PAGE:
36 Maiden Lane, Covent Garden, London (Essex Mansions) was built between 1886 and 1888, in the days when every room in the ‘residential apartments’ of the four storey building had a coal fire and so there were a lot of chimneys to be potted.
A little under one hundred years later, in January 1981, I worked in the offices that then occupied the first floor when workmen were doing stuff to the roof which meant removing one of the banks of chimney pots. The ten pots on the outside of the banks of twelve were well worn and in danger of falling but the inside two were hardly worn at all.
It was cold work for these chaps up on the roof so we made them cups of coffee and chatted to them as they went up and down the stairs past our office door. At the end of the week the chimneys were brought down and the two from the inside were carefully placed in the back of my Ford Capri. (This was 1981, I could drive into London and park on the street outside all day every day, religiously feeding the meter.)
In the years that followed the two chimney pots came with me as I moved house, divorced, moved house, re-married, moved house, divorced, moved house, re-re-married, moved house….. Those two chimney pots moved with me eleven times until 2011 when one was destroyed by a careless builder’s van. The survivor moved house yet again and now sits on the corner of the terrace in the Isle of Wight awaiting its winter trailing geraniums.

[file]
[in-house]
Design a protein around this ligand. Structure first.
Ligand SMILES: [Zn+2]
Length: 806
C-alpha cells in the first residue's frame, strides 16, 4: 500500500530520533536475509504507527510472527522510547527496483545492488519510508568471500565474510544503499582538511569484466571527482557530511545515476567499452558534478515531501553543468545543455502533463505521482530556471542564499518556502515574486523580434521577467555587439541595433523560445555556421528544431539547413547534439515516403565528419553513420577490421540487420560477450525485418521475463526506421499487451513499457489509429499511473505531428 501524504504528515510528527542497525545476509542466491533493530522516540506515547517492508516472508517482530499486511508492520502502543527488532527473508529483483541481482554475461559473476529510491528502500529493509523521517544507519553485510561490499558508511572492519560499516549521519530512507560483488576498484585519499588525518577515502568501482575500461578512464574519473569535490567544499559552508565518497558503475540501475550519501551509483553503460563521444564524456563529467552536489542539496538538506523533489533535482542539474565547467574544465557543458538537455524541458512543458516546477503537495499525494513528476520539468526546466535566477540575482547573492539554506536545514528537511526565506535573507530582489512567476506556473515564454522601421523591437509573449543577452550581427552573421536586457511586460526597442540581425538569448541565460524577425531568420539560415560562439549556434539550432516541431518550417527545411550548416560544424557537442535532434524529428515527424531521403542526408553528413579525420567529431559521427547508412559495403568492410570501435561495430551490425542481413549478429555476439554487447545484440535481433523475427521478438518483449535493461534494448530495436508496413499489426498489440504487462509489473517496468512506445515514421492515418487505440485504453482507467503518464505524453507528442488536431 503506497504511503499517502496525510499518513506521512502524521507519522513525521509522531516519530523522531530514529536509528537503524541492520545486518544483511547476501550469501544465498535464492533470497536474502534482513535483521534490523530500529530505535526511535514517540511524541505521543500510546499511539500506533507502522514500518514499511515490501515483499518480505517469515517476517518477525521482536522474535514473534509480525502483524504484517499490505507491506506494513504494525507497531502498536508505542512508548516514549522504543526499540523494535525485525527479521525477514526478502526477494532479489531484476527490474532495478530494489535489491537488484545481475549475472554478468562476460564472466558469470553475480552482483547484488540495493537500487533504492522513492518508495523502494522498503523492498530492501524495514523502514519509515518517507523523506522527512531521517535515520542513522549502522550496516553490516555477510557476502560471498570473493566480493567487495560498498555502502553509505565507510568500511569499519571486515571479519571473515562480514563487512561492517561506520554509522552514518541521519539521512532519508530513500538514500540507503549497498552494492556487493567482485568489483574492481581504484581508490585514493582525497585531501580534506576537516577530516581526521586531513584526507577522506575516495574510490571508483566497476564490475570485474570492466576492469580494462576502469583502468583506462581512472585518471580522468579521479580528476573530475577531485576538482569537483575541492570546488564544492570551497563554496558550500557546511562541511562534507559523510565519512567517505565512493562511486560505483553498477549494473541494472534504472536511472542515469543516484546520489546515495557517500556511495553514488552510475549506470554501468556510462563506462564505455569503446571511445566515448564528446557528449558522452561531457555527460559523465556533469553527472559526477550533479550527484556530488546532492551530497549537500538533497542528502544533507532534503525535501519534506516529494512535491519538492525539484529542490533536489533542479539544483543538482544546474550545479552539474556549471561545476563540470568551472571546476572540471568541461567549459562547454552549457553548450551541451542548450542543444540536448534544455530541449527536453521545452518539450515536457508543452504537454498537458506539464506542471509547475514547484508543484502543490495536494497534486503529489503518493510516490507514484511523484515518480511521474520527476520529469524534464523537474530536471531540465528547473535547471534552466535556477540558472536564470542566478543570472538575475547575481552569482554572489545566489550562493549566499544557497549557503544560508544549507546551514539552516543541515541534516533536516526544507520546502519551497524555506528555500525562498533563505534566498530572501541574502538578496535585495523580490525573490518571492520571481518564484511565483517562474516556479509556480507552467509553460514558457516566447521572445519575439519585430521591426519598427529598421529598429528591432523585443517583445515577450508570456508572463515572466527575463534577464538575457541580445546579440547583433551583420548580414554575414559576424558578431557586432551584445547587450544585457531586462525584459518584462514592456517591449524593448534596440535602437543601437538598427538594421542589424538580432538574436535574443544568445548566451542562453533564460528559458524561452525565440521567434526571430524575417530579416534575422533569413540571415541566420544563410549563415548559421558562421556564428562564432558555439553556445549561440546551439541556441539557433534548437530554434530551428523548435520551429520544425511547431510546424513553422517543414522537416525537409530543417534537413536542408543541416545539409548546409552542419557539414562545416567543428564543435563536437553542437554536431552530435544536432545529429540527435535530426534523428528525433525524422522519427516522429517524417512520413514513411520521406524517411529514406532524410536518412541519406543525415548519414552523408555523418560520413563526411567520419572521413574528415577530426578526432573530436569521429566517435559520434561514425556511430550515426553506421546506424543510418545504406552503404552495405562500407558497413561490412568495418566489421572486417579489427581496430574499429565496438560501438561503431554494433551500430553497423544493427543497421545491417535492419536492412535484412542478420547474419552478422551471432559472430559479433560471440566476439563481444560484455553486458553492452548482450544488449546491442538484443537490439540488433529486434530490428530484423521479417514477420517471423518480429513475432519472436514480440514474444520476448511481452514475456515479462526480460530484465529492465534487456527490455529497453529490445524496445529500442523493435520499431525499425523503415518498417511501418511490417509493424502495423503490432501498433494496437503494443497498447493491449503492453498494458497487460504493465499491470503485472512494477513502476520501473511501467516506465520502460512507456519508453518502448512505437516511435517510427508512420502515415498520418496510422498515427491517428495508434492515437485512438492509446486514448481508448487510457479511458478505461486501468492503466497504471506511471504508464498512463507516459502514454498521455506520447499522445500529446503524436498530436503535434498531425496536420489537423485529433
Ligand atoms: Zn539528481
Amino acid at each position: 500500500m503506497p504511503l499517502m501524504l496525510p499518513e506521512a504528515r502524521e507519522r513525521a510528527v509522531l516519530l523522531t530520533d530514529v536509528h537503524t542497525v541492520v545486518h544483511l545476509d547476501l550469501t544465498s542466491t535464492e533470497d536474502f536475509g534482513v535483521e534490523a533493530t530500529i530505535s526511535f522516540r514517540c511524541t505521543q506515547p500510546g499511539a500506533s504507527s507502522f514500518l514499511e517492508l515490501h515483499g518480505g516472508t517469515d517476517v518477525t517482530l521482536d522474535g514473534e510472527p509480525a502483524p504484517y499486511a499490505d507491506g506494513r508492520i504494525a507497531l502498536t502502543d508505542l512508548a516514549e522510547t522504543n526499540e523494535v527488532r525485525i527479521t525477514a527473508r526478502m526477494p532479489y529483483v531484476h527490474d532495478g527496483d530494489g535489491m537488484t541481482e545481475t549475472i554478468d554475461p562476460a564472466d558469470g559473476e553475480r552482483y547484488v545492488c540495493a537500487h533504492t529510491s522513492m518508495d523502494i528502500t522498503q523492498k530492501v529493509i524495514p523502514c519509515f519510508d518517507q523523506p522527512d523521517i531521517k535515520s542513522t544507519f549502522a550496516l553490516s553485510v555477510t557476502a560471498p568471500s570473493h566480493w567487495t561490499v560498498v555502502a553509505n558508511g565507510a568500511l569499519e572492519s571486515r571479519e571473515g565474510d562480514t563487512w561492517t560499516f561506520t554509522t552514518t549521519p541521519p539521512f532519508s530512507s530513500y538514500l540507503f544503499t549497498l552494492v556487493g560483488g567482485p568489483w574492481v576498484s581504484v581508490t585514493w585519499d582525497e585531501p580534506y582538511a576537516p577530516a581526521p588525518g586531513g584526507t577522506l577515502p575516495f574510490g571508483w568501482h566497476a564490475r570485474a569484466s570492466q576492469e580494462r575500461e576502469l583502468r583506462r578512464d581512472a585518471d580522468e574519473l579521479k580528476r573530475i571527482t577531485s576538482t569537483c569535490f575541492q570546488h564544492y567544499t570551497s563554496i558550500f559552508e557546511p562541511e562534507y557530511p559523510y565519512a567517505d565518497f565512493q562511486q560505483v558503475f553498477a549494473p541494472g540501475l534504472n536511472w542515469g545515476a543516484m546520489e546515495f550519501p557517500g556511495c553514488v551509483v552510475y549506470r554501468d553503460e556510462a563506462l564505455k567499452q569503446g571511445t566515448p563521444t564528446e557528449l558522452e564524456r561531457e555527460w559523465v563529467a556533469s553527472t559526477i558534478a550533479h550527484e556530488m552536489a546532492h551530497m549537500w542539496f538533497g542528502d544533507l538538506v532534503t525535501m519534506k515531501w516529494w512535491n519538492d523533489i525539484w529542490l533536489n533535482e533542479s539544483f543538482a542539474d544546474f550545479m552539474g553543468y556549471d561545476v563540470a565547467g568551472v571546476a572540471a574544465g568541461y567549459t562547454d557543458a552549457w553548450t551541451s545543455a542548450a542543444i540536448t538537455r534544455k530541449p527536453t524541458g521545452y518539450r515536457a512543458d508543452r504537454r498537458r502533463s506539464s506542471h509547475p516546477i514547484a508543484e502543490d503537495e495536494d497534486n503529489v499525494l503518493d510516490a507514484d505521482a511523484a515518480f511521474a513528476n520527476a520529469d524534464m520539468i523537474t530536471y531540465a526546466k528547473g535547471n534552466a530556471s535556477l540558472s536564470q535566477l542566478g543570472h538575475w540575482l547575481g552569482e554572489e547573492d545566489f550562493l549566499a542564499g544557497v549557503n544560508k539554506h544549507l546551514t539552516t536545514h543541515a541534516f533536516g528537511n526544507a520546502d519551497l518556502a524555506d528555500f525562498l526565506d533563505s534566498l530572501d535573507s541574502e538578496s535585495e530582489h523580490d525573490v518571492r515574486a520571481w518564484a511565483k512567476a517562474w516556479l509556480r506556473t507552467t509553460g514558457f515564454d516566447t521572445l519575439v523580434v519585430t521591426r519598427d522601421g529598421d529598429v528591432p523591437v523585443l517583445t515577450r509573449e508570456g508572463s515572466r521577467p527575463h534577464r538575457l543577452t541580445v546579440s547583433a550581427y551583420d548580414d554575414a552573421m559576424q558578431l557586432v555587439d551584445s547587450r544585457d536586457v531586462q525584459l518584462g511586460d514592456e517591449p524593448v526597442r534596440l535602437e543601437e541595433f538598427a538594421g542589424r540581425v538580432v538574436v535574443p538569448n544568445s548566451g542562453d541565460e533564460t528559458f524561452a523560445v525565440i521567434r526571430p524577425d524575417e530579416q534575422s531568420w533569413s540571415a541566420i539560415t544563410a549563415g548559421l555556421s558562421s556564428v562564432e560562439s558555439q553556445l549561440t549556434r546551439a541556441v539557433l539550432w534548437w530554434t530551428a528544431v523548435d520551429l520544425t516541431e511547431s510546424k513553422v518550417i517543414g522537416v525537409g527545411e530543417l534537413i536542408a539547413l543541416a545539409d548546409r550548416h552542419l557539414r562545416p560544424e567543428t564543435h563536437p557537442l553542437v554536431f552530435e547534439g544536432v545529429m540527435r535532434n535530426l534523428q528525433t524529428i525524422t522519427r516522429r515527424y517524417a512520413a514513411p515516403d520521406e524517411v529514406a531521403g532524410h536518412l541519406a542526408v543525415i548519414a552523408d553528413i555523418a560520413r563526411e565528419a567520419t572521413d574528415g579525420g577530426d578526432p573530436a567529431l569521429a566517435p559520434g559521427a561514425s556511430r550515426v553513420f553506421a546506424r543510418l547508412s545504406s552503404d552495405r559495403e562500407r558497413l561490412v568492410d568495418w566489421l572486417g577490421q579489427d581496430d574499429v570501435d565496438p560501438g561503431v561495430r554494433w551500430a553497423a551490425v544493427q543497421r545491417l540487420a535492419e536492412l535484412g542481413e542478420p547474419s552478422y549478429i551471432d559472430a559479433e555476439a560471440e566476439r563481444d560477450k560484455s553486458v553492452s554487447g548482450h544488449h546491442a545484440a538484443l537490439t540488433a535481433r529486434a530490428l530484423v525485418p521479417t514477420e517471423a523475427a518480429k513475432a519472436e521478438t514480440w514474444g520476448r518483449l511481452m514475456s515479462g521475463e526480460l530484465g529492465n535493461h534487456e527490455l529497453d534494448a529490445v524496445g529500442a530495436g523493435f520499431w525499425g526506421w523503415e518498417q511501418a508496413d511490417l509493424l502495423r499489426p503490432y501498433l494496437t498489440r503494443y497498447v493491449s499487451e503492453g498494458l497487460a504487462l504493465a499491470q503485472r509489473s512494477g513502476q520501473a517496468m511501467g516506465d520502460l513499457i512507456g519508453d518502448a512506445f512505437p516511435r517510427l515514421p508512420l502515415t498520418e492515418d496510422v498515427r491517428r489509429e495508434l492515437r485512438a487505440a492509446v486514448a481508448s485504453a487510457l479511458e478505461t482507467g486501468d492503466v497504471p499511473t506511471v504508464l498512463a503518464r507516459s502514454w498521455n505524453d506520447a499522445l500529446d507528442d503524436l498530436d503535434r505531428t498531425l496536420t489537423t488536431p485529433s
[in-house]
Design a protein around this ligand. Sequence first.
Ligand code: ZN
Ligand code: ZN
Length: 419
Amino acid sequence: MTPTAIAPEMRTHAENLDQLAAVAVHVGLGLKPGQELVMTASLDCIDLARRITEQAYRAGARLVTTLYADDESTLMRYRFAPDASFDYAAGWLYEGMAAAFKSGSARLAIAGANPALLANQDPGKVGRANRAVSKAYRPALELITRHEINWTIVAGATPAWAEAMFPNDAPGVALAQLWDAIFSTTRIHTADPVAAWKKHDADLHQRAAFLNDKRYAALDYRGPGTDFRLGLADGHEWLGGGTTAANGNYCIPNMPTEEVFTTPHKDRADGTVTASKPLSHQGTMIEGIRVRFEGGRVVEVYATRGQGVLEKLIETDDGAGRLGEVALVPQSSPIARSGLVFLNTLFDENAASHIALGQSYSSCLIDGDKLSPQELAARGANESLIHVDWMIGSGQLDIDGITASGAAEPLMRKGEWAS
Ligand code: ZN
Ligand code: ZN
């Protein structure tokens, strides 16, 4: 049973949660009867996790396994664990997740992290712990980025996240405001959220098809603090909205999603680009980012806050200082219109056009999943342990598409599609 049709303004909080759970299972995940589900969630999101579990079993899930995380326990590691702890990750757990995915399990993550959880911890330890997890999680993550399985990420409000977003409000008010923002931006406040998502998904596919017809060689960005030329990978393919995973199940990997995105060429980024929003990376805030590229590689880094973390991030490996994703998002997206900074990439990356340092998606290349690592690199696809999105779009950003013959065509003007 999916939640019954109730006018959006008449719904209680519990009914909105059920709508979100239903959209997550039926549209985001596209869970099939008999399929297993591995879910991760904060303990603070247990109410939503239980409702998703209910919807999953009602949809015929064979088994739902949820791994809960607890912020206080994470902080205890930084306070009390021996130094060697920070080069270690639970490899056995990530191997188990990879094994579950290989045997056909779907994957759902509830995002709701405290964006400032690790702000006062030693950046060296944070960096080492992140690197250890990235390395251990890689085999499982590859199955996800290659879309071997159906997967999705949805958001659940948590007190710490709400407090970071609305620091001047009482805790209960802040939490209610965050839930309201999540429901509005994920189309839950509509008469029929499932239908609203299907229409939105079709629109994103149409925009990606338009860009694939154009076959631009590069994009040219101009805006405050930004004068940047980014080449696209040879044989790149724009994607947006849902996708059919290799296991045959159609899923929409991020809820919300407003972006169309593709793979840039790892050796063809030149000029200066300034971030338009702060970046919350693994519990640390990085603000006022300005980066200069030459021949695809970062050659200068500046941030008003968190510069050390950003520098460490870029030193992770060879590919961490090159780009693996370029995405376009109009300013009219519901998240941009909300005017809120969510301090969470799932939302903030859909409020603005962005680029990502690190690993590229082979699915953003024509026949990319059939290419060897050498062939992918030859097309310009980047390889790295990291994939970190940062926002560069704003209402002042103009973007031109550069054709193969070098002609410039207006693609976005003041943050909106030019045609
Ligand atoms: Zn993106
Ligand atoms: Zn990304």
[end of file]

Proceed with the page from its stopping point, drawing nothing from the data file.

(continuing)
Last week I had to go up to London, not something I do lightly. On Thursday evening I walked along Maiden Lane to see what had happened to my old offices. ‘Look up there,’ my tall current husband said. I stepped off the pavement into stage doorway of the Vaudeville Theatre and looked up.
Just visible between aerials was our pot’s twin.
While my chimney pots had travelled from London to Kent to Surrey, to Berkshire, back to four different houses in Kent, then down to Cornwall, then back to Kent, then up to Worcestershire, then to South Shropshire and to North Shropshire (where the reversing builder demolished one) and finally down to the Isle of Wight, this one had stayed atop 36 Maiden Lane watching over the changes that had occurred in London.
One hundred years occupying the same roof and thirty four apart – reunited in photos on this blog.